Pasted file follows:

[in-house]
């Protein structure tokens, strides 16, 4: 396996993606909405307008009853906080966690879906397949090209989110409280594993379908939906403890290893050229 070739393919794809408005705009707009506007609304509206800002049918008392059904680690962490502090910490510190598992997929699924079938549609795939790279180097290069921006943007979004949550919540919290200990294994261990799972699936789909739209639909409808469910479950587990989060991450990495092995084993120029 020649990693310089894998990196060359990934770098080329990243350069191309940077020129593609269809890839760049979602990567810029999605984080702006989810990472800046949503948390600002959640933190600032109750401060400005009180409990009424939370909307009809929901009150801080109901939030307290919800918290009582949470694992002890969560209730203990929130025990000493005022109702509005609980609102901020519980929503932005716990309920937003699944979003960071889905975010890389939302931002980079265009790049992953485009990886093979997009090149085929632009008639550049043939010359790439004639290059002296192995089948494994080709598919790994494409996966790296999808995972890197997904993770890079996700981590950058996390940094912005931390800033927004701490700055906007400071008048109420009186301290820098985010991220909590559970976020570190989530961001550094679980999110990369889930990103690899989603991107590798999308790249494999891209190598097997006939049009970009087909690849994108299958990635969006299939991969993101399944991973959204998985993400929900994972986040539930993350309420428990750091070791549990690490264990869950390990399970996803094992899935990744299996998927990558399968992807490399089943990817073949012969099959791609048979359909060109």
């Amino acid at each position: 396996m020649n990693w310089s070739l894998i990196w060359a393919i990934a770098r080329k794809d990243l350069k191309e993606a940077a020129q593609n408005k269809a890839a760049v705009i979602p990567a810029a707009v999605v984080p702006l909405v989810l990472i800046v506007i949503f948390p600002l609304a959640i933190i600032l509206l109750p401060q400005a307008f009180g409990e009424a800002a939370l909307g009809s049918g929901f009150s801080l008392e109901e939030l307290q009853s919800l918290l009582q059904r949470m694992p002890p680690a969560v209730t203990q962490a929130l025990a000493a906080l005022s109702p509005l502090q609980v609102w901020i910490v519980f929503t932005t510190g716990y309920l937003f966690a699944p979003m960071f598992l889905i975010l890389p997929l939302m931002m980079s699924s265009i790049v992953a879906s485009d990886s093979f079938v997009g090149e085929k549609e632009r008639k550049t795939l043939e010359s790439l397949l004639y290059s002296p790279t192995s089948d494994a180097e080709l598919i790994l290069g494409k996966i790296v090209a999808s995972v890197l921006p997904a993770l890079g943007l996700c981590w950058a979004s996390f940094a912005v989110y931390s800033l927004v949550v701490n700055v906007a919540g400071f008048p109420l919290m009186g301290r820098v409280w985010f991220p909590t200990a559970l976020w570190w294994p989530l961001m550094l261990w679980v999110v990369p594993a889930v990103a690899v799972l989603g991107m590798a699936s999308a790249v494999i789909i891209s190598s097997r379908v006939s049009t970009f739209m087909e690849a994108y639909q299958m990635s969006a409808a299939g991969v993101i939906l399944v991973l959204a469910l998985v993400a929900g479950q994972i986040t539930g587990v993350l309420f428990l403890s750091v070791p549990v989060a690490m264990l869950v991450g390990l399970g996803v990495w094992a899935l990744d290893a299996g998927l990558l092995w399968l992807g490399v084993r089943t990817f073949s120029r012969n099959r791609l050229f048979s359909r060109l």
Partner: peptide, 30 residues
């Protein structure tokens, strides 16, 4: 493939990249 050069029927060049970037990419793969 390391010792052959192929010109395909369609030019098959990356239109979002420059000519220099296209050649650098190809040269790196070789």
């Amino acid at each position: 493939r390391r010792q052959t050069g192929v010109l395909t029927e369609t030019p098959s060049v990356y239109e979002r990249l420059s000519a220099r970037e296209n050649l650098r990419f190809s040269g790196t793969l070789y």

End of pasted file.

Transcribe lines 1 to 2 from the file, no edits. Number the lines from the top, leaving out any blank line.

[in-house]
């Protein structure tokens, strides 16, 4: 396996993606909405307008009853906080966690879906397949090209989110409280594993379908939906403890290893050229 070739393919794809408005705009707009506007609304509206800002049918008392059904680690962490502090910490510190598992997929699924079938549609795939790279180097290069921006943007979004949550919540919290200990294994261990799972699936789909739209639909409808469910479950587990989060991450990495092995084993120029 020649990693310089894998990196060359990934770098080329990243350069191309940077020129593609269809890839760049979602990567810029999605984080702006989810990472800046949503948390600002959640933190600032109750401060400005009180409990009424939370909307009809929901009150801080109901939030307290919800918290009582949470694992002890969560209730203990929130025990000493005022109702509005609980609102901020519980929503932005716990309920937003699944979003960071889905975010890389939302931002980079265009790049992953485009990886093979997009090149085929632009008639550049043939010359790439004639290059002296192995089948494994080709598919790994494409996966790296999808995972890197997904993770890079996700981590950058996390940094912005931390800033927004701490700055906007400071008048109420009186301290820098985010991220909590559970976020570190989530961001550094679980999110990369889930990103690899989603991107590798999308790249494999891209190598097997006939049009970009087909690849994108299958990635969006299939991969993101399944991973959204998985993400929900994972986040539930993350309420428990750091070791549990690490264990869950390990399970996803094992899935990744299996998927990558399968992807490399089943990817073949012969099959791609048979359909060109």